Originally Posted by Marksman
In "Ted Brewer Explains Sailboat Design" he states that tank testing proved a free wheeling propeller produced more drag than a stationary one. The difference was slight but should not be ignored. Another test, while driving your car, stick a pinwheel out the window and feel the drag increase as it begines to spin. There is physical science behind this but I would be very poor at explaining it and I must get back to work.
I have no idea who did that testing or what he was referring to so can't comment on his statement.
There have been three studies SPECIFICALLY looking at sailboat props, one by MIT, one by the University of Strathclyde Ocean Engineering Department and one by Practical Boat Owner/Yachting Monthly where they towed actual boats through the water
and measured with a strain gauge, All three studies of SAILBOAT props all agree a locked prop causes more drag.
For those still in doubt feel free to watch an experiment
I conducted myself to finally try and put this question to bed
Prop Drag Video (LINK)
This test was only to determine if a standard Michigan Wheel
three blade fixed prop causes more or less drag when towed through the ocean at a similar depth
to that of a sailboat and with a comparable shaft resistance to a sailboat (namely mine). It is not to give accurate numbers or data on how much drag the specific prop creates.
Drag is relative to the the drag jig I used. The drag jig alone, with no prop, created about 12 lbs. of drag in this configuration at WOT.
Because the jig is 100% the same in both fixed and freewheeling and the ONLY difference between fixed and freewheeling was a 2.5 inch roofing nail the only differences in drag come from the prop not being able to spin and spinning.
was always run up to wide open throttle to totally minimize any variability between locked, freewheeling and throttle response.
The pin point accuracy of the scale means little because it is only a control. The same scale was used for both fixed and freewheeling and it was only compared to itself in an A/B situation.
The difference between fixed and freewheeling was LARGE so a pound or two here or there means very, very little. Average drag at WOT in freewheeling mode was about 20-25 pounds including the test jigs strut. Average drag in fixed mode including the strut was about 45-50 pounds. As you can see .001 differences in accuracy do not matter when trying to answer this question.
When I spun the strut around, with the prop facing forward, and ahead of the struts interference
wake, I was surprised that i could not detect a discernible difference in load despite having to move the line a little higher on the strut. If there was a difference it was clearly less than one or two pounds and not noticeable in the scale of things.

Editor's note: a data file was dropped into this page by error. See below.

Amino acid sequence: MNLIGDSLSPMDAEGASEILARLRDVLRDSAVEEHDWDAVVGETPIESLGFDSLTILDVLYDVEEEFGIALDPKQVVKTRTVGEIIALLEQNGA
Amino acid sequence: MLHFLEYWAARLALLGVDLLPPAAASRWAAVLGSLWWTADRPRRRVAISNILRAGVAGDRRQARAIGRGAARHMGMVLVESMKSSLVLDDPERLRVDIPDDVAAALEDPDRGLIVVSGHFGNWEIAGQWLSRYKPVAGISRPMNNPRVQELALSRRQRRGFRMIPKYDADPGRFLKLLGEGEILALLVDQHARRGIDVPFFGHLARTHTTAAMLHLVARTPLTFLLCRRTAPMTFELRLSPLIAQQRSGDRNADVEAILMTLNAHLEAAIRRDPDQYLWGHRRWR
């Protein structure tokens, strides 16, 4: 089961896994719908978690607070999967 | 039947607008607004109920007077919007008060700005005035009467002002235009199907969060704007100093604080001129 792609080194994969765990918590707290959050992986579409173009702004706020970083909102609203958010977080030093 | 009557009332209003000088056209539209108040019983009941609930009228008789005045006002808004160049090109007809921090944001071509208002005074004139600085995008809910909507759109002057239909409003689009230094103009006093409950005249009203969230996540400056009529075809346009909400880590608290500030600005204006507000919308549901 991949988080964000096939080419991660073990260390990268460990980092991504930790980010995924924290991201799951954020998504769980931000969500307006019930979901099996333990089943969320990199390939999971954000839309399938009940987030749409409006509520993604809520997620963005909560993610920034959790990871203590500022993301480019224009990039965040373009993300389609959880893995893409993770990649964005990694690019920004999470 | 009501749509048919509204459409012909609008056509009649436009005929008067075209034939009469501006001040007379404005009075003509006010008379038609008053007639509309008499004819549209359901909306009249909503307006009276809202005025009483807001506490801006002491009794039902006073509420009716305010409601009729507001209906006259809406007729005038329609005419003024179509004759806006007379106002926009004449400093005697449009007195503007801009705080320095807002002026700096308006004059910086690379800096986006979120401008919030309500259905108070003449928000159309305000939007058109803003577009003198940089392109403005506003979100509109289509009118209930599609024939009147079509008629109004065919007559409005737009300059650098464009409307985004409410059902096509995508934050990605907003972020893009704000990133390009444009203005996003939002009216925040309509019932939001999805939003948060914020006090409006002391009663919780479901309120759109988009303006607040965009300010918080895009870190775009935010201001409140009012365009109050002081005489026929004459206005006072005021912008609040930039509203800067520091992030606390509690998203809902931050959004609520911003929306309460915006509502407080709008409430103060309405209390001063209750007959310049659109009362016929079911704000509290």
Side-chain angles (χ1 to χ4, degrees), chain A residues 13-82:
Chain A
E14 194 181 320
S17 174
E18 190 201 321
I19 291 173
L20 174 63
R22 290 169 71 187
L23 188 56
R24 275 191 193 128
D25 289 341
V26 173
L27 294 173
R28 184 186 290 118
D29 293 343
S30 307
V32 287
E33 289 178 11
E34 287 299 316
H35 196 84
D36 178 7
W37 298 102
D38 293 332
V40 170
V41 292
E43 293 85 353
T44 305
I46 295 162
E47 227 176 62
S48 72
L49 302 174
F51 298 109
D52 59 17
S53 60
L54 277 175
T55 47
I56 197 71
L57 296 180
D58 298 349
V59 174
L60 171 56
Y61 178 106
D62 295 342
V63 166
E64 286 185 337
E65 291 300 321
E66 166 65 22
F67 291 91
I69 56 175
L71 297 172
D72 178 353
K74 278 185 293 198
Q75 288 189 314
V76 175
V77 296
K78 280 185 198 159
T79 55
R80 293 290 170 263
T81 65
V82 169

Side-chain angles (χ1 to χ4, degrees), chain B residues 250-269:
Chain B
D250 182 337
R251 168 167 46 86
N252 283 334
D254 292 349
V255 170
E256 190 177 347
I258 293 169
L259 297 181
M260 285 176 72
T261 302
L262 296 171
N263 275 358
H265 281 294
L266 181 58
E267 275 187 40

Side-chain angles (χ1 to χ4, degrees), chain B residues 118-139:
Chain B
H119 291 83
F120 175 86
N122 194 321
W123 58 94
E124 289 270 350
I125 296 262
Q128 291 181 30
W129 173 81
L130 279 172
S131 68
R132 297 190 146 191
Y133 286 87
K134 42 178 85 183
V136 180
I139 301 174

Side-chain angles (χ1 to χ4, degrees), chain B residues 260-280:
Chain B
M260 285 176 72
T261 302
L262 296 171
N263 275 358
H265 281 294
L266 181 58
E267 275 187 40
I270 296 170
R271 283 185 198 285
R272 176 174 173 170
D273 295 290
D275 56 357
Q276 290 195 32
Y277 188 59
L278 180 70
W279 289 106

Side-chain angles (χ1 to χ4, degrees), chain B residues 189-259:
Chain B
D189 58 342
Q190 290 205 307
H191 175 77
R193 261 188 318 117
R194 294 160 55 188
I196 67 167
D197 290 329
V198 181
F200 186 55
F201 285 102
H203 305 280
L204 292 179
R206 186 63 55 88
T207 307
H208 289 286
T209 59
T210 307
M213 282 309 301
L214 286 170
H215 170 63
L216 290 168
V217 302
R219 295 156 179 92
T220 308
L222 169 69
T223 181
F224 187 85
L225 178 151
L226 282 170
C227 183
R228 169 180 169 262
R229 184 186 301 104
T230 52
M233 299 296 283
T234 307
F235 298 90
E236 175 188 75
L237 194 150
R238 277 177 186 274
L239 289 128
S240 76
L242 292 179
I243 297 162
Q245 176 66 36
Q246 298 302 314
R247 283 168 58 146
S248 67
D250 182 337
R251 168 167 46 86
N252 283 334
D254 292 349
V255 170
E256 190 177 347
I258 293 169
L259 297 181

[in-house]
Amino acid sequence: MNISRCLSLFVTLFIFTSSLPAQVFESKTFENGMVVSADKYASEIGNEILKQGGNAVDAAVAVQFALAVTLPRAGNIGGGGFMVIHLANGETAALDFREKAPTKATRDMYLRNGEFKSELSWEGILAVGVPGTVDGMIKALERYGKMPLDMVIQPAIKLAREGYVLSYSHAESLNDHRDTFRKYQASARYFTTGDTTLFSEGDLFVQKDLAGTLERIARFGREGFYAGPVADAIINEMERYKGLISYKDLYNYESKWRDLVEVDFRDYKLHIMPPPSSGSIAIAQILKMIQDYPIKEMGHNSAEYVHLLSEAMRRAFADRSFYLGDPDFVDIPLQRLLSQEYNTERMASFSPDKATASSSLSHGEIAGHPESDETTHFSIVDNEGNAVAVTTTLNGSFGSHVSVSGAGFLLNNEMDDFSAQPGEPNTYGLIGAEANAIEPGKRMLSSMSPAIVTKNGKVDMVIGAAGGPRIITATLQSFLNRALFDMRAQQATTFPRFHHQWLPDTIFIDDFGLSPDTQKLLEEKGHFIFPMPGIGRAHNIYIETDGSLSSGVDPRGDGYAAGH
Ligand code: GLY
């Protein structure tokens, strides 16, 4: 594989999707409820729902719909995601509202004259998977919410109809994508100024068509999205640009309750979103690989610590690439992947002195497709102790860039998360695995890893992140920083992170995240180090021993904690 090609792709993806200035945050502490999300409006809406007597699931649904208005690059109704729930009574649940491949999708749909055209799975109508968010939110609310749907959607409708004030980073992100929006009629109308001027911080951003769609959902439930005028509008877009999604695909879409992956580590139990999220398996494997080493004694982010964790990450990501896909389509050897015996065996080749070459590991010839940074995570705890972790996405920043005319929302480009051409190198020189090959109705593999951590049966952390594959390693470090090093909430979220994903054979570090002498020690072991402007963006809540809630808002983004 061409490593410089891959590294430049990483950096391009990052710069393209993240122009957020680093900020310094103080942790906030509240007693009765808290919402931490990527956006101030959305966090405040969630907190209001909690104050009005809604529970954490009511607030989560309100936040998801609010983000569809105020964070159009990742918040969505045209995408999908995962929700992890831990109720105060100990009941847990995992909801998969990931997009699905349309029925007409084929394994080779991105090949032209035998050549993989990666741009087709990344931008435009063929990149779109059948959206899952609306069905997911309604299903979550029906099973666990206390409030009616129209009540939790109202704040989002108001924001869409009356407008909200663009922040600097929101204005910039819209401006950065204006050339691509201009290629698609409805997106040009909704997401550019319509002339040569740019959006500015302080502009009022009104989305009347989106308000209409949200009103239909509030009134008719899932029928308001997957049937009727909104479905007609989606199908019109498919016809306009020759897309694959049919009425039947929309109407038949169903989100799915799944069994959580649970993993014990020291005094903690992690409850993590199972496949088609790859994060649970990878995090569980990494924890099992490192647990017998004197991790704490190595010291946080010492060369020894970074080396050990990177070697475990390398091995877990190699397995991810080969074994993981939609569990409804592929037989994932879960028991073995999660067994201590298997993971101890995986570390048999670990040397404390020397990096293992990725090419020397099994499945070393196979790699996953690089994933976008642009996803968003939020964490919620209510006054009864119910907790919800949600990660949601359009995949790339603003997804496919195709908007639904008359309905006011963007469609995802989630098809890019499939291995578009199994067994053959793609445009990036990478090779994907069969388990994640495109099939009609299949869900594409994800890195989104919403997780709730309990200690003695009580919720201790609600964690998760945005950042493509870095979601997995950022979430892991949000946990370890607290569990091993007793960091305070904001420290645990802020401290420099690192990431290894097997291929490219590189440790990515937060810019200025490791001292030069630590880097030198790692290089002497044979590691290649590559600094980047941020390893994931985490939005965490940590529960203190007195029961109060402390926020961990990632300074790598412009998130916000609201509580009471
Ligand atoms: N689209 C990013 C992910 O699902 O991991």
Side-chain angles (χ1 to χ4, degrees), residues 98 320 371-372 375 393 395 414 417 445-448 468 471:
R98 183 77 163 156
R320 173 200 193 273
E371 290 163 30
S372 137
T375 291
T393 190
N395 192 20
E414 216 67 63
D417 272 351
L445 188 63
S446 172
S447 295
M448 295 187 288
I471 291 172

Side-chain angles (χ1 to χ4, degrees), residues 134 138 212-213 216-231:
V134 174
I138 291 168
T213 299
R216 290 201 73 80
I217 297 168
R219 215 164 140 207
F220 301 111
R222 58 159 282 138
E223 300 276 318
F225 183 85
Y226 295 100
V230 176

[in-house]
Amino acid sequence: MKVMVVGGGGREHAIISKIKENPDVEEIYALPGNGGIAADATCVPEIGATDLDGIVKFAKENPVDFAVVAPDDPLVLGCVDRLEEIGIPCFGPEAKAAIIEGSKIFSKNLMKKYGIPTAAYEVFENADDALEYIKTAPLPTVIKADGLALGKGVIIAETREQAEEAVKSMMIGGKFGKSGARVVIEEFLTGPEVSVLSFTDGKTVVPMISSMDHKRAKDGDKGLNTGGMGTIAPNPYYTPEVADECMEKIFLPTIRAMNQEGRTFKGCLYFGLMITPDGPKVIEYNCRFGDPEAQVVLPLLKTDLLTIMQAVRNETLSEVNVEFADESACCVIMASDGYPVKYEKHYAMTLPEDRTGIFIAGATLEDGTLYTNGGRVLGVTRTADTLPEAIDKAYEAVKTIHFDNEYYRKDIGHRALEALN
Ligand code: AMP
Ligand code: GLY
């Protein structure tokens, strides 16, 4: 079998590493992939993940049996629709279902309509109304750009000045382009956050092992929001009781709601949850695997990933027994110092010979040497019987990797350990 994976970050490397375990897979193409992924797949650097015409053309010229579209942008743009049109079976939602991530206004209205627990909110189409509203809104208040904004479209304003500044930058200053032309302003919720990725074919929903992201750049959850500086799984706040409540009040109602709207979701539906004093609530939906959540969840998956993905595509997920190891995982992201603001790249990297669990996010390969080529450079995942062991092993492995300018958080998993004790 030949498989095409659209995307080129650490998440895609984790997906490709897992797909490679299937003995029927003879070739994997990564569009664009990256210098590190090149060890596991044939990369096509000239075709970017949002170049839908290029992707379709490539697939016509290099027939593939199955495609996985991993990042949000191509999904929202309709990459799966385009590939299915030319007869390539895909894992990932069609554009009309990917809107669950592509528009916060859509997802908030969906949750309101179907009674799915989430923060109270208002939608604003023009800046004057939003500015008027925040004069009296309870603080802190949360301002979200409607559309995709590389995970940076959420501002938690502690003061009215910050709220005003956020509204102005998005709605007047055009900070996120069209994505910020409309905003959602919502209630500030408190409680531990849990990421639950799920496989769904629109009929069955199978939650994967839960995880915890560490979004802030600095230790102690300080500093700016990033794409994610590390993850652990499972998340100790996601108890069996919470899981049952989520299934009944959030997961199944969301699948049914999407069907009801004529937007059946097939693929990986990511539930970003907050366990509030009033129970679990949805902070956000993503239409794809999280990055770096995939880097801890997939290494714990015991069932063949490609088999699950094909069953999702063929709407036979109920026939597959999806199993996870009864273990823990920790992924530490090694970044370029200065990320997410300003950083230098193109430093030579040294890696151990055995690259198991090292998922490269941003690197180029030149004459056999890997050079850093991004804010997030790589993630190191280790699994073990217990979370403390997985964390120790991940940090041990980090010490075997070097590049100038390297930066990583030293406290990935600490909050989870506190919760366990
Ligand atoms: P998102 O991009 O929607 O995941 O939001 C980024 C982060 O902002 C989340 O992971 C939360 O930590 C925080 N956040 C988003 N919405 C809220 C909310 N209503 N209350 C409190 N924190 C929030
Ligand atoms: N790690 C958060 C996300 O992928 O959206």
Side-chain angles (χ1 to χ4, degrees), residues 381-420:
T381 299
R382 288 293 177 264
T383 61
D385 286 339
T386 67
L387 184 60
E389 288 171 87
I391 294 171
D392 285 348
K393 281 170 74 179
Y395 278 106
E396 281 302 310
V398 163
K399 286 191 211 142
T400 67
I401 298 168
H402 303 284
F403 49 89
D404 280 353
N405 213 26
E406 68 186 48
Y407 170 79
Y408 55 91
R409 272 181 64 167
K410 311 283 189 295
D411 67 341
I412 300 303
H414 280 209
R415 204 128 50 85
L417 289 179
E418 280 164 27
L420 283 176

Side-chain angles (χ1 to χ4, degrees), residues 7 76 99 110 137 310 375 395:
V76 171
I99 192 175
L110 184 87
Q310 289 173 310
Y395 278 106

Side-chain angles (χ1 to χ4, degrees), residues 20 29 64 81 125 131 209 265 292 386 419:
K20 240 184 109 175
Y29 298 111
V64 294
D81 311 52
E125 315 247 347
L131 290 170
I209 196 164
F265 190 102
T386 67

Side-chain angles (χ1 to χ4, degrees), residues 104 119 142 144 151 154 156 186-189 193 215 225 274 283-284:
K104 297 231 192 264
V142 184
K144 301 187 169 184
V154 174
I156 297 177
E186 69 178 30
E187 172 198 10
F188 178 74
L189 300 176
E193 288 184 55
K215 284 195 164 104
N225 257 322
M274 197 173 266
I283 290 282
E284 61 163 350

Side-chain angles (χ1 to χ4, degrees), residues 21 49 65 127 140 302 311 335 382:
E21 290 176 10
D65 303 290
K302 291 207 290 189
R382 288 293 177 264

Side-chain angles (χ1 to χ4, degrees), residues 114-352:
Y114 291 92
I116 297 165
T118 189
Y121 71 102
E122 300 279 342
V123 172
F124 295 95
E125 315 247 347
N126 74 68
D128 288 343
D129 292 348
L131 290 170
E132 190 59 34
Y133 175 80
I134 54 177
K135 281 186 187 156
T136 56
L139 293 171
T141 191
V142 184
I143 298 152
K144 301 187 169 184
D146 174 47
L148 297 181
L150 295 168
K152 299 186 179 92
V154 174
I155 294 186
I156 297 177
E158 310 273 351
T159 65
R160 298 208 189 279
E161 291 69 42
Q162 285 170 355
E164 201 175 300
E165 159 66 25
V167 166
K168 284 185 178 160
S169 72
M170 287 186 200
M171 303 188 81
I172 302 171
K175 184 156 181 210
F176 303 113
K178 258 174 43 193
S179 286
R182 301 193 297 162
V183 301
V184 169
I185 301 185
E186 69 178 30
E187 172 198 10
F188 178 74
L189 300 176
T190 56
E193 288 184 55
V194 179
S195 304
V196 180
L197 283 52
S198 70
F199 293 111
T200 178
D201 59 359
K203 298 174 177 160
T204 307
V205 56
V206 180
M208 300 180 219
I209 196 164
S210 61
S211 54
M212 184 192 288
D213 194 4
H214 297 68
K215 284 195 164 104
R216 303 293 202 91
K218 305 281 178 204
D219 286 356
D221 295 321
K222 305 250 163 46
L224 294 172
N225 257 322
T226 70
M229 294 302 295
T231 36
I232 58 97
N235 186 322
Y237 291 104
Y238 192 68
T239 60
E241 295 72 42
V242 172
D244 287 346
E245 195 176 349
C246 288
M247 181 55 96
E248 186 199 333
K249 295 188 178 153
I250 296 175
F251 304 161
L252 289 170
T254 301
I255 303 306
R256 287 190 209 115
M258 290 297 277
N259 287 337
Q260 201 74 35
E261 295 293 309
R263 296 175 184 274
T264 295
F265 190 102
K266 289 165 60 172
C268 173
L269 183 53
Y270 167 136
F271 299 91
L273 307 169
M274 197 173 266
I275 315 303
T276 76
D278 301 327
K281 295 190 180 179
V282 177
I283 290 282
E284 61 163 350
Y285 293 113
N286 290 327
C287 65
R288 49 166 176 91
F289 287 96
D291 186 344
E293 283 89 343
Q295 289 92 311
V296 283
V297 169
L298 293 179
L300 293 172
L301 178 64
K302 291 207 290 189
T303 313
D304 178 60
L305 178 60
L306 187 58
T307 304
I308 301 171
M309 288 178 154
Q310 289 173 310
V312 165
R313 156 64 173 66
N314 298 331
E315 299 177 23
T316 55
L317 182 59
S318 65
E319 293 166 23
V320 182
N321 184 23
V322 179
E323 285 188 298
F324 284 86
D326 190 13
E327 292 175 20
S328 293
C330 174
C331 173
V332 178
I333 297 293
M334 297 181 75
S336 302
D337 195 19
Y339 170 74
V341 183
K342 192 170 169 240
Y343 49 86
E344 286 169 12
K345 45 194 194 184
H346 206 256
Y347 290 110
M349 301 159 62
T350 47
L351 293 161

Freewheeling is little bit of a misnomer. The shaft was not actually allowed to freewheel with minimal to no friction. The friction bearings were tightened and adjusted to closely mimic the friction of my own sailboats shaft. This test was primarily for me and my own curiosity and then secondarily for the sailing community. This is why the depth
of the prop in the water
matches my CS-36T and the shaft friction was set to begin spinning at about .8 - 1.2 knots which is what it does on my own boat.
The results are quite clear, quite discernible and coincide with those of the MIT study, the University of Strathclyde study and some other prop drag tests like the one YM Magazine.
is about the prop used, a Michigan Wheel
three blade "MP" prop. I make NO claims or suggestions about any other fixed type props including a two blade version of the Michigan Wheel MP. If someone wants to send me a two blade MP in a 1" shaft size I will be glad to test it too..
As far as I know this the ONLY video proof that clearly shows a fixed vs. freewheeling three blade sailboat prop being load tested and compared to itself in both fixed and locked mode.
Before you get all fired up because you are a believer that fixed three blade props cause less drag, not more, PLEASE remember that the ONLY difference between the fixed and freewheeling modes was a 2.5" nail passing through both the jig and the 1" shaft to lock it. There is NO possible way that 2.5" nail caused a nearly 50% difference in drag or a 25 additional pounds of resistance.
I need a bigger motor! I was only able to attain a max speed of about 4.2 knots with the jig and prop in the water freewheeling and less in locked mode. I'd like to hit 6.5-7. Most sailors though are concerned about prop drag at less than hull speed
. In light winds, and under hull speed
, with a fixed three blade Michigan Wheel, you will see less drag when freewheeling.
If we extrapolate the data and remove the test jig, 12 lbs. of drag, and use the high side numbers of both fixed and locked we have 38 pounds of drag in fixed mode (50 Lbs. - 12 = 38) and 13 pounds of drag (25 Lbs. - 12 = 13) in freewheeling. This is nearly THREE TIMES more drag. Again, we're not talking .001 fractions here we're talking nearly a three times difference in drag when this three blade prop was locked.
I'm sure there will still be doubters...
Despite all this I still lock my prop, unless I want to go faster..
P.S. Before you do either consult your gear
boxes owners manual..